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Although some had accused Smith, the firm’s network manager, of neglig

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Re: Although some had accused Smith, the firm’s network manager, of neglig  [#permalink]

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New post 22 Jan 2020, 12:51
Although some had accused Smith, the firm’s network manager, of negligence when the crucial data went missing, the CEO defused a situation that was quite tense with her public statement that the debacle was not Smith’s fault.

A. a situation that was quite tense with her public statement that the debacle was not Smith’s fault
B. a situation that was quite tense, by publicly stating that the debacle was not Smith’s fault
C. a situation, which was quite tense, by stating publicly that Smith was not responsible for the debacle
D. a quite tense situation with a public statement about the debacle not being Smith’s fault
E. a quite tense situation by publicly stating the debacle not to have been Smith’s fault

A is incorrect because "with her public statement" is ambiguous. defused a situation that became tense with her public statement or did she defuse a tense situation by making a public statement. It is not clear.
B. Correct answer.
C. The fact that the situation was tense is an essential part of the tense but by using which and comma it is made a non-essential part of the sentence.
D. Same problem as A. Modifier being is incorrectly used.
E. The CEO did not state the debacle. Incorrect.
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Re: Although some had accused Smith, the firm’s network manager, of neglig  [#permalink]

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New post 22 Jan 2020, 16:50
I understood your explanation. Even I was hanging between A and B.
I crossed off B because of "comma+by" construction. I went through the whole thread but couldn't get complete answer to my query.
I understood that A has meaning issue so it is out.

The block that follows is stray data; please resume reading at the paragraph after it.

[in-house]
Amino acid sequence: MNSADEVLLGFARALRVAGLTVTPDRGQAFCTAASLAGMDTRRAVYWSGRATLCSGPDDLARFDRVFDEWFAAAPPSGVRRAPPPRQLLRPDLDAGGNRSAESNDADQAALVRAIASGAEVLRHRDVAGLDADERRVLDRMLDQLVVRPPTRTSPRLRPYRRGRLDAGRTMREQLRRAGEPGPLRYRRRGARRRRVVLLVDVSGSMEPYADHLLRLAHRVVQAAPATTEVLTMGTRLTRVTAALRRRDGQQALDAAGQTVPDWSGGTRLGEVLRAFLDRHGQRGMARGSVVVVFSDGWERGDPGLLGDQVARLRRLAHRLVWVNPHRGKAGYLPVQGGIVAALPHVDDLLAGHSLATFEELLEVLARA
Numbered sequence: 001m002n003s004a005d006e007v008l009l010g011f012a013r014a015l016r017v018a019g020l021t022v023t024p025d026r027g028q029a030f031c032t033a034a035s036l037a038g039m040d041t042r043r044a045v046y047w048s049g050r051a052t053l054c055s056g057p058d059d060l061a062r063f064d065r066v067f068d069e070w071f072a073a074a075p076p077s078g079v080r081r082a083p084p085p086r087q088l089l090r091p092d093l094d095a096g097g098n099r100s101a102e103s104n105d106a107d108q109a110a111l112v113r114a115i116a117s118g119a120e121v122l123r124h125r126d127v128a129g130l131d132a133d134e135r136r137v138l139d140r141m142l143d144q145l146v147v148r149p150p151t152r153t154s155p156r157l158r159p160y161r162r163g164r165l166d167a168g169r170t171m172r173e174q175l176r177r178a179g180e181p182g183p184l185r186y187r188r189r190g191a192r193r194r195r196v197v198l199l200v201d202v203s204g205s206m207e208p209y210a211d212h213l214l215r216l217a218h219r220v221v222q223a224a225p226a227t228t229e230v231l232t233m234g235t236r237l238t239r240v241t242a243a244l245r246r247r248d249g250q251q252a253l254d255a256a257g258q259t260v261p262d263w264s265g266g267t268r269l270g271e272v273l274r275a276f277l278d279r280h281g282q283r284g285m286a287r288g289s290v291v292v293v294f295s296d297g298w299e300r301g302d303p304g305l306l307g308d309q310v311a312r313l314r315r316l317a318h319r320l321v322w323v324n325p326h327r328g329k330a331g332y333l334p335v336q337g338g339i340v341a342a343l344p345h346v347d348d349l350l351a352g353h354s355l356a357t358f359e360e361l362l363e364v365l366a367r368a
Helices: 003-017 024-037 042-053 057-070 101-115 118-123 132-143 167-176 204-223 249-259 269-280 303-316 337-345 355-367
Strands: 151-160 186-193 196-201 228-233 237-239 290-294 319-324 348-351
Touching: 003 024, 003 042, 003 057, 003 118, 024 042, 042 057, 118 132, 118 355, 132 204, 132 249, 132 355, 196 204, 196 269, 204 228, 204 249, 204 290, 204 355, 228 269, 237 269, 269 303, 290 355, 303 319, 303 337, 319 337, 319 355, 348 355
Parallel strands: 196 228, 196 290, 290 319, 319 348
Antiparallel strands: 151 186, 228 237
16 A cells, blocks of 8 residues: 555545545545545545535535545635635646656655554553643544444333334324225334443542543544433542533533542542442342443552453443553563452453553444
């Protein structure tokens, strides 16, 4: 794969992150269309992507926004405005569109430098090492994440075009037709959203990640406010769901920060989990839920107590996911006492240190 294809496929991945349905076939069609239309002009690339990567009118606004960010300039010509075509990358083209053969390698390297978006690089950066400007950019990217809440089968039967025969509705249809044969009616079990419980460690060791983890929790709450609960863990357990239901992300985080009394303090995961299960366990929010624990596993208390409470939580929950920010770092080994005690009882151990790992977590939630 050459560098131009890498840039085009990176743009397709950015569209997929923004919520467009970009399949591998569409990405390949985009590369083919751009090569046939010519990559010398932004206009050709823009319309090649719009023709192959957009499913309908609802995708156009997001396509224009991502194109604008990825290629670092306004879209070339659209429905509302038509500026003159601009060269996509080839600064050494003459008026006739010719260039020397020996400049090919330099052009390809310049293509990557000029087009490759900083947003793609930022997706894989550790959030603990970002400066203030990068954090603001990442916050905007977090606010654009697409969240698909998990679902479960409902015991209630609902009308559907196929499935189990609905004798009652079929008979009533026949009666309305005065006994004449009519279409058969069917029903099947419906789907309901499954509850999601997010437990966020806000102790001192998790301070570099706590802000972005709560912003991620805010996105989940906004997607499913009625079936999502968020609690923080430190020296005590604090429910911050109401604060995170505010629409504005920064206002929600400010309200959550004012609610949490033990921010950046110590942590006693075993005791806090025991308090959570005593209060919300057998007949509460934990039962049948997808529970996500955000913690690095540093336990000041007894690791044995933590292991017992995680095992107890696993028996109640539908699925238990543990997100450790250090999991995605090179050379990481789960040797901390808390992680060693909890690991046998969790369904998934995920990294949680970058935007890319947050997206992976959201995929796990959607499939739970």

Would you elaborate how this construction is acceptable grammatically? Couldn't we write B without comma before by.

EMPOWERgmatVerbal wrote:
Hello Everyone!

Let's tackle this question, one thing at a time, and narrow it down to the correct choice! To start, let's take a quick scan over the options and highlight any major differences in orange and purple:

Although some had accused Smith, the firm’s network manager, of negligence when the crucial data went missing, the CEO defused a situation that was quite tense with her public statement that the debacle was not Smith’s fault.

A. a situation that was quite tense with her public statement that the debacle was not Smith’s fault
B. a situation that was quite tense, by publicly stating that the debacle was not Smith’s fault
C. a situation, which was quite tense, by stating publicly that Smith was not responsible for the debacle
D. a quite tense situation with a public statement about the debacle not being Smith’s fault
E. a quite tense situation by publicly stating the debacle not to have been Smith’s fault

After a quick glance over the options, it appears there are a lot of differences. However, we can narrow it down to 3 main issues:

1. a situation that was quite tense / a situation, which was quite tense / a quite tense situation (Clarity & Meaning)
2. with her public statement / by publicly stating / by stating publicly / with a public statement (Clarity & Meaning)
3. that the debacle... / that Smith was not responsible... / about the debacle... / the debacle not to have been... (Wordiness)


Let's start with #1 on our list because it should eliminate 2-3 options rather quickly. We need to determine if it's better to say "a situation that was quite tense" and "a quite tense situation." This is an issue of clarity. WHAT did the CEO diffuse? A situation. To make sure that's absolutely clear, it makes more sense to keep those two things together. This becomes even more important when the word "quite" is involved:

Mandy passed an exam that was quite difficult. --> OK
Mandy passed a quite difficult exam. --> WRONG

So - let's see how each option handles this particular issue:

A. a situation that was quite tense with her public statement that the debacle was not Smith’s fault
B. a situation that was quite tense, by publicly stating that the debacle was not Smith’s fault
C. a situation, which was quite tense, by stating publicly that Smith was not responsible for the debacle (different problem - save for later)
D. a quite tense situation with a public statement about the debacle not being Smith’s fault
E. a quite tense situation by publicly stating the debacle not to have been Smith’s fault

We can eliminate options D & E because they don't use the proper construction when describing the situation. Notice how I left option C off the table? It's also incorrect, and here is why:

C. a situation, which was quite tense, by stating publicly that Smith was not responsible for the debacle

This is INCORRECT because the addition of "which" turns this phrase into a non-essential modifier. This sentence tells us that the phrase "which was quite tense" isn't important information to the overall meaning of the sentence. In this sentence, it IS important to know that the situation the CEO diffused was tense - otherwise why would she bother dealing with it?